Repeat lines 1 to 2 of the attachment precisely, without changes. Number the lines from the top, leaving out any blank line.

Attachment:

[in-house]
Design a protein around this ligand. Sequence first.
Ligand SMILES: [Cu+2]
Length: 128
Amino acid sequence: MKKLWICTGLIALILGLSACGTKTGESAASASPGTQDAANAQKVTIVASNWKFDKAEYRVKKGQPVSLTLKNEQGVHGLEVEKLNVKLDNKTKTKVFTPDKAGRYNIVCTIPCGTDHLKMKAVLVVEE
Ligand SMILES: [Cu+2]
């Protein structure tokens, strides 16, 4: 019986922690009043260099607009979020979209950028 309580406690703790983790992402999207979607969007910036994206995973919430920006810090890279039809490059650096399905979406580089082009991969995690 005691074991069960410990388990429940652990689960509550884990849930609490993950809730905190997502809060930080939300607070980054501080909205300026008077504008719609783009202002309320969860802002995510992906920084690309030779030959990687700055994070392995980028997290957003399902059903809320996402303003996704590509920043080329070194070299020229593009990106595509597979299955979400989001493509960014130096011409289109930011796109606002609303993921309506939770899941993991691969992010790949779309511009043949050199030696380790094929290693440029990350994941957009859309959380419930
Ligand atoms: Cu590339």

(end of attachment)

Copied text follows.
[in-house]
Design a protein around this ligand. Sequence first.